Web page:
Gerard H. Ruff had dreams of becoming a professional football running back. But when a knee injury on the field in college ended his career goals in 1984, he completed his computer science degree from Coffeyville College in Kansas and returned to his hometown of Hampton, Virginia, where he secured a job as an insurance representative while trying to figure out what to do with the rest of his life.
With widely diverse interests and skills, he knew clearly that he loved Jesus and enjoyed leading others to know Him.
“People were always asking me if I was a pastor because I passionately talked about my faith,” Ruff recalls. So in 1989, when the spiritual leaders at the Hampton church Ruff attended, Living Word Tabernacle, invited him to become outreach coordinator for a new evangelistic ministry being started, he eagerly accepted.
By the following year, the leadership felt Ruff should take a more active and formal role and invited him into full-time ministry as an associate pastor, in which he took on the responsibilities of worship and youth ministry. Though Ruff left his insurance job, he recognized the power that people have as marketplace ministers — those not in full-time church ministry, but living an evangelistic lifestyle and engaging non-Christians in the workforce. Even though he had become a pastor, Ruff knew God wanted him to encourage people in their ministry calling.
“Having experienced it myself in the marketplace, I’m able to identify the practical points of connection and some of the challenges people face as they engage in marketplace ministry,” he says.
After a leadership transition five years later, in 1995 Assemblies of God Potomac Ministry Network leaders approached Ruff and asked if he would take over as senior pastor of the church of 65 regular attendees, a position he didn’t expect or necessarily want.
“It was an awkward time, especially because this was my home church,” says Ruff. “My close high school friends attended and now I was going to become their spiritual leader?” But after he and his wife, Kimberly, prayed about the transition, he sensed God calling him to the role. He knew it would provide more opportunities to mentor others as passionate Holy-Spirit-led followers of Jesus.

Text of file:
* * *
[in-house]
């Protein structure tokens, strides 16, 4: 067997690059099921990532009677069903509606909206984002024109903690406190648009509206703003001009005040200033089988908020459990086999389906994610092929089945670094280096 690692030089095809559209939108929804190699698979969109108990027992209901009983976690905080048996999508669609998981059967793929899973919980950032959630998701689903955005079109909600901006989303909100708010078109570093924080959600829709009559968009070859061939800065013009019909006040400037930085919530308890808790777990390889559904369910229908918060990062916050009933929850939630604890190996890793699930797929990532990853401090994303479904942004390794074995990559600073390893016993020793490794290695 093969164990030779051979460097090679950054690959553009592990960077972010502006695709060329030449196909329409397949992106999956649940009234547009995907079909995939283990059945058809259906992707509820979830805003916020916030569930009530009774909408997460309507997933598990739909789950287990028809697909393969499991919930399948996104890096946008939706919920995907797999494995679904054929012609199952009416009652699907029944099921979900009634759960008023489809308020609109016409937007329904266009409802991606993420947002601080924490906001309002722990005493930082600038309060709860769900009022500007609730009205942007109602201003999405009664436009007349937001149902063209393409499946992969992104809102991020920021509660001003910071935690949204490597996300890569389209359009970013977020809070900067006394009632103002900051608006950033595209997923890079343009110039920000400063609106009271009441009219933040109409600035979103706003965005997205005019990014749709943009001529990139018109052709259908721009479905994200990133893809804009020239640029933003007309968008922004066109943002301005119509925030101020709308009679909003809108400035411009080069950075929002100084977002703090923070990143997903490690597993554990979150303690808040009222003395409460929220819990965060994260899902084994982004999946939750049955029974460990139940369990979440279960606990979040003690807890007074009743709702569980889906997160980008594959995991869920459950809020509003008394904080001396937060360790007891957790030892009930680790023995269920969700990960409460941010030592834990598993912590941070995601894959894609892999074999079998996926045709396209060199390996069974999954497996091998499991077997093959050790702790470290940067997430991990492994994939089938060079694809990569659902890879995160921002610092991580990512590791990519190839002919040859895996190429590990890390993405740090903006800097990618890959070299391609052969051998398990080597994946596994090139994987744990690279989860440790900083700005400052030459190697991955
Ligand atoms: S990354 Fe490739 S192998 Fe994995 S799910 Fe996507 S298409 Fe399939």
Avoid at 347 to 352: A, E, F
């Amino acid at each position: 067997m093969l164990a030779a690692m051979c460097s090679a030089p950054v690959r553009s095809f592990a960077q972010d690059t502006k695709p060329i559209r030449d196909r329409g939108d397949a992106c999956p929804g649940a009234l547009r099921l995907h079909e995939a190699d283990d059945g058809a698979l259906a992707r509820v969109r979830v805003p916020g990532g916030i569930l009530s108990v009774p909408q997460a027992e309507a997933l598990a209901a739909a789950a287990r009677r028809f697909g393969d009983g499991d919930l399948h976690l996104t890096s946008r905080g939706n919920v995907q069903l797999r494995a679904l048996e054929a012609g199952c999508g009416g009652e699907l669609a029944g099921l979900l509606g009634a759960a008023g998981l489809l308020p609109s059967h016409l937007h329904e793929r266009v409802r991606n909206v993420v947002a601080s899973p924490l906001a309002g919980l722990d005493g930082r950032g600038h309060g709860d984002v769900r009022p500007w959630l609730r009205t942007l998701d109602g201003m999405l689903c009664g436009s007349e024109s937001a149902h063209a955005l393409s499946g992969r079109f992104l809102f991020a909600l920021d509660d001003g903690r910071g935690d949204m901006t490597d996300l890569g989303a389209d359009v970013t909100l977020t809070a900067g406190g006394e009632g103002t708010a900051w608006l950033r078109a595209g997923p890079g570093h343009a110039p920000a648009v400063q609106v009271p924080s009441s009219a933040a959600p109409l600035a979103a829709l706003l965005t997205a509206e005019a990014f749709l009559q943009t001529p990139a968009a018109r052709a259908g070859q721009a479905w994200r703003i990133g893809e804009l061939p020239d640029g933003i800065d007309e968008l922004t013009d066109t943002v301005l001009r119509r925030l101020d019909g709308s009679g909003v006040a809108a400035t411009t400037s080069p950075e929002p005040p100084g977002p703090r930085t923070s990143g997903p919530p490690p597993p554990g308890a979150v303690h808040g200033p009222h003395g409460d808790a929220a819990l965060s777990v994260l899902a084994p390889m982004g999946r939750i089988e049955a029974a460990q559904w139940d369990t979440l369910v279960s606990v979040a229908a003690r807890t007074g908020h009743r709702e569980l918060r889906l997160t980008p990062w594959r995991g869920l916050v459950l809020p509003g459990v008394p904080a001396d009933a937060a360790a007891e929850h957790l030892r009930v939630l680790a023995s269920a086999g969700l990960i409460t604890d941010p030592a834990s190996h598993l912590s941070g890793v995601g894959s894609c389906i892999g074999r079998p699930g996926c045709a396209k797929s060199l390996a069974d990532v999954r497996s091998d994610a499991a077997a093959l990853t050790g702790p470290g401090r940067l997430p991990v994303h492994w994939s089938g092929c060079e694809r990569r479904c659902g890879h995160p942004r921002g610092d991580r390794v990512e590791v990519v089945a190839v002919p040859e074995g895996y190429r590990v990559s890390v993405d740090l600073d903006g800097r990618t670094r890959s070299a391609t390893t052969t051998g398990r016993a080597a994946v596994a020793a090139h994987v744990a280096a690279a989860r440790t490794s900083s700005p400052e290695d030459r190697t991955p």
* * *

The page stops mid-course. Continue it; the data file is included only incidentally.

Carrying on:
Today, 24 years later, Ruff continues to serve as senior pastor of the church, renamed Cornerstone Worship Center International. Now an average of 500 people go to weekly services.
Never one to sit still, this husband of 31 years and father to two daughters, Brianna, 27, and Shae, 25, has added extra roles to his already-impressive résumé, including author, entrepreneur, singer/songwriter, leadership trainer, and radio personality. He received his doctorate of ministry in 2007 and served as the regional director for the 15 eastern seaboard states for the AG’s National Black Fellowship. In June, Ruff became the National Black Fellowship treasurer.
“Gerard is sensitive to the heart of the Lord, and he carries a tremendous anointing of leadership,” says NBF President Walter Harvey. “He’s gifted in identifying and developing leadership teams, which has expanded his influence, particularly among the growing African American believers in the Assemblies of God.” That’s a group that has more than doubled since 2001, to 357,967 from 164,071. Blacks now comprise a record 11.1 percent of all AG adherents.
Ruff, 55, thinks back on his competitive football days and admits he still has a competitive streak.
“I’m Kingdom aggressive,” Ruff says. “The foundation of preparation and sacrifice and teamwork were instilled in me as a young person in sports. When I became a Christian, I found that sacrifice and teamwork and the desire to win is still there, but in a more profound way. I’m called to win for the Kingdom.”